Title page transcription

The entire text of each individual title page and common title page[1] is transcribed within the main body of the catalogue, irrespective of the number of elements modified or added in later versions thereof (e.g. 1–1-HO, 1–1a-HO, 1–1b-HO, 1–1-SC, 2–1-SC). Spelling errors and other mistakes within the ITP and CTP text are enumerated in the ‘Errors’ field (e.g. 1–1-BRZ, 1–1-Sam, 9/3–1-W, 28/1-12–1c-BR), while changes made in relation to the relevant preceding impression appear under ‘Modifications’ (for example, compare 3–1-ME and 3–1a-ME, 28/1-12–1-C and 28/1-12–1b-BR). 

We deal with series title pages in two different ways according to their status and evolution. For those pertaining to one and only one catalogue entry, the text preceding and following the list of constituent works is transcribed in full, with editorial commentary added in square brackets (e.g. 28/15–1n-B&H). STPs ex­isting in multiple versions (e.g. 6–1a-W to 6–1f-W) or which appear unchanged in more than one cata­logue entry (e.g. 6/1–1g-W, 33/4–1f-W) are referred to in abbreviated fashion within the catalogue proper, generally by citing the first lines of text. Detailed descriptions of the original contents and later versions of these STPs can be found in Appendix I.[2] 

We have usually not described the borders, frames and other decorative elements present on those title pages of which digital images are readily available on the internet (users can draw their own conclusions by consulting the originals via the designated links in the text),[3] but otherwise, where relevant, a brief note has been provided in the ‘Comments’ section confirming the presence of a decorative frame or border while also indicating the disposition of text inside or outside it (e.g. 2–2-HAt, 7–6a-KI). The presence of significant decorative elements other than bor­ders or frames – e.g. portraits, busts, pictures, coats of arms, etc. – can greatly facilitate the identification of a title page, and these have been described in some detail whether or not the title page in question has been reproduced here. In such cases, verbal transcriptions are given in square brackets corresponding to the place of the given image on the TP. Examples include 23–2-B&H, MEG–1-B&B, PolG#m–1-K and the ODEON STP (in Appendix I), as well as the Austrian and Italian editions of numerous works (Opp. 2, 4, 43–45 & 50, Hexameron, and Variations on a German National Air). The presence of Breitkopf & Härtel’s printed oval logo, considered throughout this online resource to be an integral element of respective title pages, is similarly indicated (e.g. 15–2h-B&H, 20–1c-B&H). 

We have provided details of all usages of colour (e.g. 6–1-KI, 7–1-KI, 44–1-ME, 66–1-EW), including the various colours found on polychrome TPs (e.g. Posth–1-MEIf). These descriptions will be especially useful in the case of TPs of which digital images are not available on the internet (e.g. 45–1a-ME).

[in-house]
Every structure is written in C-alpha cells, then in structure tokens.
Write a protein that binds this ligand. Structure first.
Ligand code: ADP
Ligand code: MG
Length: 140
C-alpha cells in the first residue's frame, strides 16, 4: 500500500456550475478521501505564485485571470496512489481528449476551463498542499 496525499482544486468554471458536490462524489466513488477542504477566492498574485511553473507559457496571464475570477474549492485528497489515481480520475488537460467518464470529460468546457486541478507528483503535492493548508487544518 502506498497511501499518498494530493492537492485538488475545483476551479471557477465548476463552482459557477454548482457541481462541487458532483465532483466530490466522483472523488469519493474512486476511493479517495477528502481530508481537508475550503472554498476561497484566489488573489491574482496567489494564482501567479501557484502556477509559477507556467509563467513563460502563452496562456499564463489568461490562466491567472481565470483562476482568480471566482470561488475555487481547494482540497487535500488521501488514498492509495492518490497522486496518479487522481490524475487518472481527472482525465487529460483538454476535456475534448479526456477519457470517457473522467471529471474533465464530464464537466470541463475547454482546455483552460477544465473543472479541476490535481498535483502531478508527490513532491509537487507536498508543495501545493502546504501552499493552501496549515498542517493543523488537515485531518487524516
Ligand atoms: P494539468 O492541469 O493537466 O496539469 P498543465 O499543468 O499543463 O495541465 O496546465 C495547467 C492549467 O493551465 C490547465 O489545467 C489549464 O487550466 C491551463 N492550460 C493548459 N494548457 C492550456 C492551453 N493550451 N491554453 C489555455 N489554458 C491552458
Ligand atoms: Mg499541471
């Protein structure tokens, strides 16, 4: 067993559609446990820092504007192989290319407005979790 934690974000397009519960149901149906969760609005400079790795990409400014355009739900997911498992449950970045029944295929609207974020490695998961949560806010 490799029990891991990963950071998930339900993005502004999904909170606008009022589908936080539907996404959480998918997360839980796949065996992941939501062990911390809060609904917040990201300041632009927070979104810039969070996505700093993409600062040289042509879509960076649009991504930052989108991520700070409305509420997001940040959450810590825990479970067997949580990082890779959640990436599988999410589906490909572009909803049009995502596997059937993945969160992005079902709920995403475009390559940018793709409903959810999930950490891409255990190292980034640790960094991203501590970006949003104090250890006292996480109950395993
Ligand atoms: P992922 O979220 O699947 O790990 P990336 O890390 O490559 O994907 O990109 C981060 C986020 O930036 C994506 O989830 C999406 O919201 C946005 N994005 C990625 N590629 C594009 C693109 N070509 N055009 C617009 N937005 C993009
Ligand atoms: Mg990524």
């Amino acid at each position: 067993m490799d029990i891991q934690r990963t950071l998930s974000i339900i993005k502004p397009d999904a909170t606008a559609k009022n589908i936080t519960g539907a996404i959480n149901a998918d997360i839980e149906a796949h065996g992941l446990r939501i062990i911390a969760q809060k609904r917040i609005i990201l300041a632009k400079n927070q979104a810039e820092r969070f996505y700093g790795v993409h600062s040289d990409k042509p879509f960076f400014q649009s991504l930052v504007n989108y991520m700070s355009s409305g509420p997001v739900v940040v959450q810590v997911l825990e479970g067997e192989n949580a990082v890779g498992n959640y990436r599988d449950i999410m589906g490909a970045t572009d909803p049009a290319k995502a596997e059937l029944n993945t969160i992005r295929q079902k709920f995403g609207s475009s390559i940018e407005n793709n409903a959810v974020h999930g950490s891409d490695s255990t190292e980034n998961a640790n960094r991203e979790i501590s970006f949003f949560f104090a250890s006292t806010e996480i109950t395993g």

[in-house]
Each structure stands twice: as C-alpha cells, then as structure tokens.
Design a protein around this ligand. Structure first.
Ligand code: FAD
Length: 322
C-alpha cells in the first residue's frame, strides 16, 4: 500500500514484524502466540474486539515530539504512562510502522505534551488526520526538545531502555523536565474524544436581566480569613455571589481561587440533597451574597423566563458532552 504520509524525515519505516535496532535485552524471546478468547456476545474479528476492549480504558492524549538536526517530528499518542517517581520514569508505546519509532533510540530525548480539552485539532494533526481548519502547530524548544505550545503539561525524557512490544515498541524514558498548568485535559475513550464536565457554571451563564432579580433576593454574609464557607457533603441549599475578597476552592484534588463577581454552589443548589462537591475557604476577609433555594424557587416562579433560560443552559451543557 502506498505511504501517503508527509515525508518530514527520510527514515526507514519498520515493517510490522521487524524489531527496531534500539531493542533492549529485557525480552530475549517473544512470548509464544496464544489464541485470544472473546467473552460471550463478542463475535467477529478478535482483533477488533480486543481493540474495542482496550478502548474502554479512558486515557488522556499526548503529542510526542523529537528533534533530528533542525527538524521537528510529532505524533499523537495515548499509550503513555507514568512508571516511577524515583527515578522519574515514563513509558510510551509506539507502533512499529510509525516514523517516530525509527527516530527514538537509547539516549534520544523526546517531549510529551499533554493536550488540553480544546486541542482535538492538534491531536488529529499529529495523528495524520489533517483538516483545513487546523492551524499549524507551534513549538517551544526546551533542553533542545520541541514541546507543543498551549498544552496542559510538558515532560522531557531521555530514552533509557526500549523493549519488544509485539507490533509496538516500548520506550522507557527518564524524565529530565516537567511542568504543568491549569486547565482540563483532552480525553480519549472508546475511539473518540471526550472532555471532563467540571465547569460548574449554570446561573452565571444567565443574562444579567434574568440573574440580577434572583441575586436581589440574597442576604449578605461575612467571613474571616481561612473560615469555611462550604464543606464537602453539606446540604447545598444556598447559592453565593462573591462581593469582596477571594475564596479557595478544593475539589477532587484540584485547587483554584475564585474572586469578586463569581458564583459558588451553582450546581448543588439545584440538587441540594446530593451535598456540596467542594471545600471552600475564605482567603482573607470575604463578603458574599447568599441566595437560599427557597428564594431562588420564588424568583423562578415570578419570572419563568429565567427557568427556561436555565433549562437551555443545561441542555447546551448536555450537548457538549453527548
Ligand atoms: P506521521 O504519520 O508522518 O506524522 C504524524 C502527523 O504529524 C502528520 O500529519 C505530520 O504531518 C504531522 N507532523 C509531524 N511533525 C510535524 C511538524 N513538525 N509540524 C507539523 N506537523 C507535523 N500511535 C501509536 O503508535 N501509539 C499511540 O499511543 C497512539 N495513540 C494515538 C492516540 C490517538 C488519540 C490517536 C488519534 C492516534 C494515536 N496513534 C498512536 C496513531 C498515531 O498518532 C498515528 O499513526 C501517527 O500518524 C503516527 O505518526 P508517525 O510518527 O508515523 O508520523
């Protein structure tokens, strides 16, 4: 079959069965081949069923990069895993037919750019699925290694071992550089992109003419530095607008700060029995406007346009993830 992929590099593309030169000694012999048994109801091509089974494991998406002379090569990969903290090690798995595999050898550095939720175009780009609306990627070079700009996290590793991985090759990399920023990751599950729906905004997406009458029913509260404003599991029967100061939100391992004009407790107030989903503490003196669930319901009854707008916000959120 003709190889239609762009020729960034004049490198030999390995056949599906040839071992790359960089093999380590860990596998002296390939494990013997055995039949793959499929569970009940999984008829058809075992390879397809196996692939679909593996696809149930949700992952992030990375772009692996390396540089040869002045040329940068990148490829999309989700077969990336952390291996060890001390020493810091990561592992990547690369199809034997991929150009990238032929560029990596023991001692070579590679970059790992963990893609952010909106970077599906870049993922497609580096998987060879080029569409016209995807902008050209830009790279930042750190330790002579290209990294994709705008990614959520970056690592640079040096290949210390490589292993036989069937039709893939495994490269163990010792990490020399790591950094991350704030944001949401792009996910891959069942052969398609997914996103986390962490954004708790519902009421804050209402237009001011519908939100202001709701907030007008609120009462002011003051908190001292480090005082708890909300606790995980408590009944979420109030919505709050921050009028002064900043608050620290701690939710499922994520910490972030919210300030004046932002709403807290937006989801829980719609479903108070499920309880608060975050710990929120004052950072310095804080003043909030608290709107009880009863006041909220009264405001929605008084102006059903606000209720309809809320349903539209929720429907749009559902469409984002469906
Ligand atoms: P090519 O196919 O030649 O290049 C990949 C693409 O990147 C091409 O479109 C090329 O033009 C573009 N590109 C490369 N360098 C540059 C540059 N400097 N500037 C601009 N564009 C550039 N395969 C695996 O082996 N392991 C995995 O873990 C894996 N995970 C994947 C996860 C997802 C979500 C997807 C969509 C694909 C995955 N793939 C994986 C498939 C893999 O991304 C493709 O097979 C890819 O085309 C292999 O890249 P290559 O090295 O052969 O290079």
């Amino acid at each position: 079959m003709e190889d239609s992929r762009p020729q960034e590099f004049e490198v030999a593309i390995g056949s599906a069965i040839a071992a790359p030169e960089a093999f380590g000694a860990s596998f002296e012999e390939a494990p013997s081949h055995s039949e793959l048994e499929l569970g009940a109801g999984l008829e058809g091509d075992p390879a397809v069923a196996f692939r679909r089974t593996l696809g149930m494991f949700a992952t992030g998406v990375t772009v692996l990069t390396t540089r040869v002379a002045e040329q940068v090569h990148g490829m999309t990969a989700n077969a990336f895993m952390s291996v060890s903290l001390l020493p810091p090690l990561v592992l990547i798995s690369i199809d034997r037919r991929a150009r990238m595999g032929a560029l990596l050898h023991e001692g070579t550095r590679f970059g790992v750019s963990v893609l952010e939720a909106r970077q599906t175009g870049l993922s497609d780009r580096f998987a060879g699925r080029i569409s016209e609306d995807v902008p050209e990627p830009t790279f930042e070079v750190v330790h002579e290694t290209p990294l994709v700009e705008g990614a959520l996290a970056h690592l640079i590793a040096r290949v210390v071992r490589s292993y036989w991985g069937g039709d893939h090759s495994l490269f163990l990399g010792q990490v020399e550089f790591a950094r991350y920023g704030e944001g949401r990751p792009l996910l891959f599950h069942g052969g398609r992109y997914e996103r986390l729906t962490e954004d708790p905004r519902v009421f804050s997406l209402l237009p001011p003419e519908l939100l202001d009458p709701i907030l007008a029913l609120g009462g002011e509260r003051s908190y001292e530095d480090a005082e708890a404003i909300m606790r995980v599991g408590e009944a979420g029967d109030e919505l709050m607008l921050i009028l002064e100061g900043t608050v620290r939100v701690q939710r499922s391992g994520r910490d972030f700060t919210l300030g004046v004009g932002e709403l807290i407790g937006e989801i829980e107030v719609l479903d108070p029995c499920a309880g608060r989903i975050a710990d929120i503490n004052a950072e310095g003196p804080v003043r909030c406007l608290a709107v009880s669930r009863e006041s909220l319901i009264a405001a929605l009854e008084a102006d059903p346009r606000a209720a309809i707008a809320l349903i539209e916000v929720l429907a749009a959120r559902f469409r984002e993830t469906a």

The contents of album title pages have been transcribed for those works of Chopin published without their own TPs either in albums or in the Méthode des Méthodes of Fétis and Moscheles (e.g. 23–2-B&H, 33/1&2–1a-B&H, 45–1-Sm, 50/1–2-Sm, 62/2–1a-BR, 64/1–1a-BR, MFM–1-E, MFM–1-SCH, MM–0-Sm). In the case of pieces brought out within a volume which could also have been sold separately and thus have their own ‘internal’ TPs, we regard the latter as the principal TP of the work(s) in question, although the con­tents of the volume TP and of other constituent parts are nevertheless specified in the ‘Comments’ section (e.g. MM–1-Sm, MM–1-Sam). A similar approach has been taken for pieces pub­lished in albums with their own TPs; that is, we offer a transcription of the ATP under ‘Comments’ (e.g. 32/1–1-Sam, 45–1-ME) but treat the title page specific to the particular Chopin work(s) as the principal one. In a few exceptional cases, ATP transcriptions are provided under ‘Copies’ either because another exemplar with the same edition/im­pression code exists as a separate publication (e.g. 32/2–1-Sam, MEG–1-CH) or as a result of differences between the ATP contents of two or more copies which are classified together (e.g. MEG–1a-CH). The range of colour is fully indicated for all poly­chrome ATPs (e.g. 32/1–1-Sam, 45–1-ME, 62/2–1a-BR, 64/1–1a-BR).

[1] The text of TPs, half-titles, headlines, caption titles, sub-captions, footlines, covers, and certain stamps and labels is given in quasi-facsimile transcription, the basic principles of which are discussed in Policies on quasi-facsimile transcription.

[2] See the introductory texts to Appendices for further discussion of the method used to describe STPs and advts.

[3] The few exceptions are indicated in the discussion of our policies on quasi-facsimile transcription (see the eponymous section).